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Dec 22, 2014
via Breakingviews

More than Slim odds America Movil buys T-Mobile

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By Robert Cyran

The author is a Reuters Breakingviews columnist. The opinions expressed are his own.

Carlos Slim may try to buy the $21 billion T-Mobile US in the coming year. The Mexican billionaire needs to reduce his telephone company’s dependence on its home country. The fourth-largest U.S. wireless operator is cheap, its parent doesn’t want it, and there’s strategic logic to a deal. Increasingly frightful competition in U.S. telecoms may be a sticking point.

Dec 22, 2014

Breakingviews: Pharma toys with mutually assured destruction

By Robert Cyran

NEW YORK (Reuters Breakingviews) – Pharma is toying with
mutually assured destruction. Gilead Sciences lost some $20
billion in value on Monday morning after Express Scripts ditched
its hepatitis C treatments for AbbVie’s discounted drug. This
may kick off widespread price wars throughout the sector. Such
tactics, though, could be a strategic disaster for all
concerned.

Hepatitis C cures have been a Gilead gold mine. It launched
Sovaldi a year ago and sold $8.6 billion of the drug in the
first nine months of the year. Gilead charges $84,000 per
patient for the drug. Insurers grumbled, but paid up. Other
treatments weren’t nearly as effective and chronic disease
causes liver damage. Now AbbVie has muscled in on this turf. Its
newly approved drug, Viekira Pak, appears just as effective in
patients with the most common strain of the virus.

Dec 22, 2014

Breakingviews: More than Slim odds America Movil buys T-Mobile

By Robert Cyran

NEW YORK (Reuters Breakingviews) – Carlos Slim may try to
buy the $21 billion T-Mobile US in the coming year. The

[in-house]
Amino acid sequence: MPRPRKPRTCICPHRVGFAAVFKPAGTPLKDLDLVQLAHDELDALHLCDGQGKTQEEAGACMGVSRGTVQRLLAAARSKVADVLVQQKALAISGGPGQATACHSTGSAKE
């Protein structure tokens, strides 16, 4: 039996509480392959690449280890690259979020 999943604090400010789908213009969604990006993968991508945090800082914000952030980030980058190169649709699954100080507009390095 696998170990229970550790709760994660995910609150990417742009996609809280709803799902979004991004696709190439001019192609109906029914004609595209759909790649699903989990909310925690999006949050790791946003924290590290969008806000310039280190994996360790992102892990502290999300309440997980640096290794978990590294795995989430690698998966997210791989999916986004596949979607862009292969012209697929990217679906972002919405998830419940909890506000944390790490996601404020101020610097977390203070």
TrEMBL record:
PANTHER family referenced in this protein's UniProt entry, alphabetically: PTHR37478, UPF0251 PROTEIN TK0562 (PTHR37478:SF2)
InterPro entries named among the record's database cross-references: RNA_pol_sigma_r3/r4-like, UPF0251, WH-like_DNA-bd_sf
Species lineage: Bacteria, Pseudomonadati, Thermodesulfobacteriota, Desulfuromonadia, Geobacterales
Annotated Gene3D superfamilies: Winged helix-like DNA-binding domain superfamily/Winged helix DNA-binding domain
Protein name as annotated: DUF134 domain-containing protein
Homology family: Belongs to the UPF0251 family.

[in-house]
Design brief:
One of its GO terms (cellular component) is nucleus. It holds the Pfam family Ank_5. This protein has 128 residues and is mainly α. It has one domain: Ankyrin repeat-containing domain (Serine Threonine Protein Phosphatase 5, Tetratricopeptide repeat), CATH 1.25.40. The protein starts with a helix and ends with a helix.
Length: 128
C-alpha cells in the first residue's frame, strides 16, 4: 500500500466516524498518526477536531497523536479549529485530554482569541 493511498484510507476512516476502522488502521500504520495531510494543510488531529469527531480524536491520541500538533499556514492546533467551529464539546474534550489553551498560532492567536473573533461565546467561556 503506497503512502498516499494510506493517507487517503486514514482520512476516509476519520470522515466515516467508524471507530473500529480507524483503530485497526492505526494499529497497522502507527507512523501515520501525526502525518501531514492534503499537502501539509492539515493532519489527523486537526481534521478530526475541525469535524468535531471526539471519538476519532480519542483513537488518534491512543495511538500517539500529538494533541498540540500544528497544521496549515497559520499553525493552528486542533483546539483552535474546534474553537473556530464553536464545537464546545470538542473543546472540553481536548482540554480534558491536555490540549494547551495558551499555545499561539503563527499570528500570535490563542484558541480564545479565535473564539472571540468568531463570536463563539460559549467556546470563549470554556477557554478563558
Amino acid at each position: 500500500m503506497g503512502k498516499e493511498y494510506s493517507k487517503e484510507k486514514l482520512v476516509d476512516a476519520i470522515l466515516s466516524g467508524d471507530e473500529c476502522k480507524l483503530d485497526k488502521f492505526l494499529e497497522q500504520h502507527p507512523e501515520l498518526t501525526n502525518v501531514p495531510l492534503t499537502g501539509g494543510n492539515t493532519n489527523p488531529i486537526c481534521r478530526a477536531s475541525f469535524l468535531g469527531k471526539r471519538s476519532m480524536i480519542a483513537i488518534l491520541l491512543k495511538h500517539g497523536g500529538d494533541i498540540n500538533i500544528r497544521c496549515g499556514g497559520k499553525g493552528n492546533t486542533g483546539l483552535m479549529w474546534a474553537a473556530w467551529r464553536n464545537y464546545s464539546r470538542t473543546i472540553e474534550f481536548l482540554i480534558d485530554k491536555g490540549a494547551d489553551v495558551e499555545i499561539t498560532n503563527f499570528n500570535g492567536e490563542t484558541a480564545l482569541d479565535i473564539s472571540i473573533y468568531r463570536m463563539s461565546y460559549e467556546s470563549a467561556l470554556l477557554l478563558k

Mexican billionaire needs to reduce his telephone company’s
dependence on its home country. The fourth-largest U.S. wireless
operator is cheap, its parent doesn’t want it, and there’s
strategic logic to a deal. Increasingly frightful competition in
U.S. telecoms may be a sticking point.

Under a recent Mexican law, America Movil’s profit
will be sapped by penalties if it holds more than half of the
country’s telecommunications market. It now has about 70 percent
of the wireless business. So it’s studying divestitures – these
could bring in over $15 billion in cash, according to UBS. And
credit markets are open and investors are willing to lend cheap
money for acquisitions.

Dec 18, 2014

Breakingviews: Rampaging animal spirits birth biotech unicorn

By Robert Cyran

NEW YORK (Reuters Breakingviews) – Rampaging animal spirits
have given birth to a biotechnology unicorn. It’s apt that a
stellar year for initial public offerings in the sector will be
capped by its biggest float ever. Juno Therapeutics is a year
old and revenue free, but its cancer fighting technology is
hot. At nearly a $2 billion valuation, the company shows
capitalism’s ability to catalyze investors’ hopes and resources.

Biotech has had a stunning run. The Nasdaq biotech index has
returned about 40 percent annually over the past three years, as
big firms have turned into fountains of profit. Analysts expect
the top five companies to earn over $30 billion in 2015, about
40 percent more than they will earn this year. That, and a
generous helping of M&A, has enticed investors onto riskier
turf. This year, 86 U.S. drug firms have gone public, according
to Thomson Reuters’ data.

Dec 15, 2014
via Breakingviews

Uber’s law flouting could bring joyride to a halt

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By Robert Cyran

The author is a Reuters Breakingviews columnist. The opinions expressed are his own. 

Uber’s law flouting could bring its joyride to a screeching halt. The taxi app company is covering its drivers’ fines for illegally picking up passengers. That may be just another business expense to a firm that earned a $40 billion valuation by moving quickly and breaking the rules. But the legal, lobbying and public relations costs of reckless behavior are accelerating fast.

Dec 15, 2014